The water cooler of choice in the typical American home happens to be the refrigerator. It’s the keeper of food and drink, the place the kids hit first after a hot school day and the appliance that sees the most use. According to Michael Bluejay, “Mr. Electricity” to the uninitiated, refrigerators is the second largest user of electricity, lagging only behind the air conditioner. For those families with kids who like to open and close refrigerator doors all day long, this amounts to a waste of 50 to 120 kilowatt-hours per year, or seven percent of the total energy use by this appliance alone. Refrigerator efficiency, it turns out, can be a big deal.
Many things can be done to improve the operating efficiency of refrigerators. Turning off the ant-sweat feature and setting the temperature to only as cold as is necessary provide some energy relief. Waiting until foods cool before storing them in the refrigerator is also good. Keeping a refrigerator full? That is where our potential energy savings can be found. Food acts as a buffer against warm air circulating in each time the door opens. Too much food or too little food in the refrigerator negatively affects the appliance’s operating efficiency, forcing it to work harder in order to maintain the status quo temperature.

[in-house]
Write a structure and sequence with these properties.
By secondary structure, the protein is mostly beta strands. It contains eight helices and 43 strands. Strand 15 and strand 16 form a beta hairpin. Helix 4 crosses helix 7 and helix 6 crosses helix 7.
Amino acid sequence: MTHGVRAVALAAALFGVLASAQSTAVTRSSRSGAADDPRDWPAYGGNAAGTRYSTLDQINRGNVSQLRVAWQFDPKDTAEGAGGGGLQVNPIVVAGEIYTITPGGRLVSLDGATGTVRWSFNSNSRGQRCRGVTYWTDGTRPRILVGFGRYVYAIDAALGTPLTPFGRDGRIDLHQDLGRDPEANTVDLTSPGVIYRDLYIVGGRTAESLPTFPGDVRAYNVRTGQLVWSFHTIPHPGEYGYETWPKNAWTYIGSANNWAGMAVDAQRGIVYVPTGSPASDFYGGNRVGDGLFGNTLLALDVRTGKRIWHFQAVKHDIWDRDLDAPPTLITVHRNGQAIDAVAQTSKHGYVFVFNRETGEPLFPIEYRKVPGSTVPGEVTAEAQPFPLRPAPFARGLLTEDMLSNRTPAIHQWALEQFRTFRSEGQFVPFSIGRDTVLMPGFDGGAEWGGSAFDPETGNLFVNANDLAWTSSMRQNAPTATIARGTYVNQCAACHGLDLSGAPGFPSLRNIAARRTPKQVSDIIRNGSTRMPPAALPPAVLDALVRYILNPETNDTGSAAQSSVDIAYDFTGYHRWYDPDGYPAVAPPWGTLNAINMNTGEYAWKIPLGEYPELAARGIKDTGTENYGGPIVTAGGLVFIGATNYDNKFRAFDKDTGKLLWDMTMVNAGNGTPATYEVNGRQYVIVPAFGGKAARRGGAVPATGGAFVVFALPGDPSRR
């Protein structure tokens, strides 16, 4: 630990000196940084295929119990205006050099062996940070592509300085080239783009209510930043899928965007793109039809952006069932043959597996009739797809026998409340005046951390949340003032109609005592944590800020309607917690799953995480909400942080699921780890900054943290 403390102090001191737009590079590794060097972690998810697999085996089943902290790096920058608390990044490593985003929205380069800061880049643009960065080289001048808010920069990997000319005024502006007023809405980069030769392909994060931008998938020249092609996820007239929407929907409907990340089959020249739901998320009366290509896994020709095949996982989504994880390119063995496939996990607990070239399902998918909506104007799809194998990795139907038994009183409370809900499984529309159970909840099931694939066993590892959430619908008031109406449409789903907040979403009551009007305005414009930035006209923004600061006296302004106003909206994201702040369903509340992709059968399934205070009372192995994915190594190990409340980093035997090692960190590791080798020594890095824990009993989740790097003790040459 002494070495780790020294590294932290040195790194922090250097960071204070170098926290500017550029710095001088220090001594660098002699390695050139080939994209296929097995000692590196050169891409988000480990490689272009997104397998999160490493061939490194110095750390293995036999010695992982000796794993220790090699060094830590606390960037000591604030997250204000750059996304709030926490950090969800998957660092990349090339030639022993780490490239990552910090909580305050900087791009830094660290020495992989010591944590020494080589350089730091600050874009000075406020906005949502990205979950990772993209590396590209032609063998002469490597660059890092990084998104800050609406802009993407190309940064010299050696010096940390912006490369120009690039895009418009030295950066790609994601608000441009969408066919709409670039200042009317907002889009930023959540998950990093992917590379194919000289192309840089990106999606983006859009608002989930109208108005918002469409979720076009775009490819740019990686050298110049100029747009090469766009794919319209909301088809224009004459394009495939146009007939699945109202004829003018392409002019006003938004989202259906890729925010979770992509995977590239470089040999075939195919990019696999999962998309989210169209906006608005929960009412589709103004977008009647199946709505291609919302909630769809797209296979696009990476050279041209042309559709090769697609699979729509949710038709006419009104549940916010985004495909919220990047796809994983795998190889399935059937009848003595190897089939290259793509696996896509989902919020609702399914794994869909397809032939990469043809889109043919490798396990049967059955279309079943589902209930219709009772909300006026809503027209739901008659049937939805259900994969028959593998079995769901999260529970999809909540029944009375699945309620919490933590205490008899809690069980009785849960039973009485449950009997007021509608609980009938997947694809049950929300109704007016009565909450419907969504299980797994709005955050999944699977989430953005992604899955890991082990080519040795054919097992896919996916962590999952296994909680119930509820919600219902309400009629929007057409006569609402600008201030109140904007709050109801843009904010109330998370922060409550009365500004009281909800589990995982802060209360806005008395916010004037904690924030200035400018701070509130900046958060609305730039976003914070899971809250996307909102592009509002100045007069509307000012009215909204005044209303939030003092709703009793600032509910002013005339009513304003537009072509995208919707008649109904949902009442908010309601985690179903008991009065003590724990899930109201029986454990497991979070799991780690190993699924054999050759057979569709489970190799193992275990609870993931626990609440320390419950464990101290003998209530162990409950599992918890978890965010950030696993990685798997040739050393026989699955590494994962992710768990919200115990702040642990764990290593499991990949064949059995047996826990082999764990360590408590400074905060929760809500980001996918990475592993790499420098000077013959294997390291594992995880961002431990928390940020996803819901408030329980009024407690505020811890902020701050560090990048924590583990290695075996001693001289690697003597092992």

Let’s say the refrigerator has plenty of space, but not so much food to spare. This is where storing pitchers or jugs of tap water can help. Pitchers of water operate in much the same way as ice packs do in coolers; it adds a much-needed buffer that insulates and keeps the interior cold, conserving energy. Not only does one have a ready source of refreshment awaiting thirsty kids at the end of the day, but one has prevented thousands more disposable water bottles from polluting the landfills. Another important fact: we avoid the waste that comes with waiting until running tap water transforms from tepid to cold.
So raise your glass and the jug . . . to energy efficiency and the thirst-quenching powers of Nature’s finest.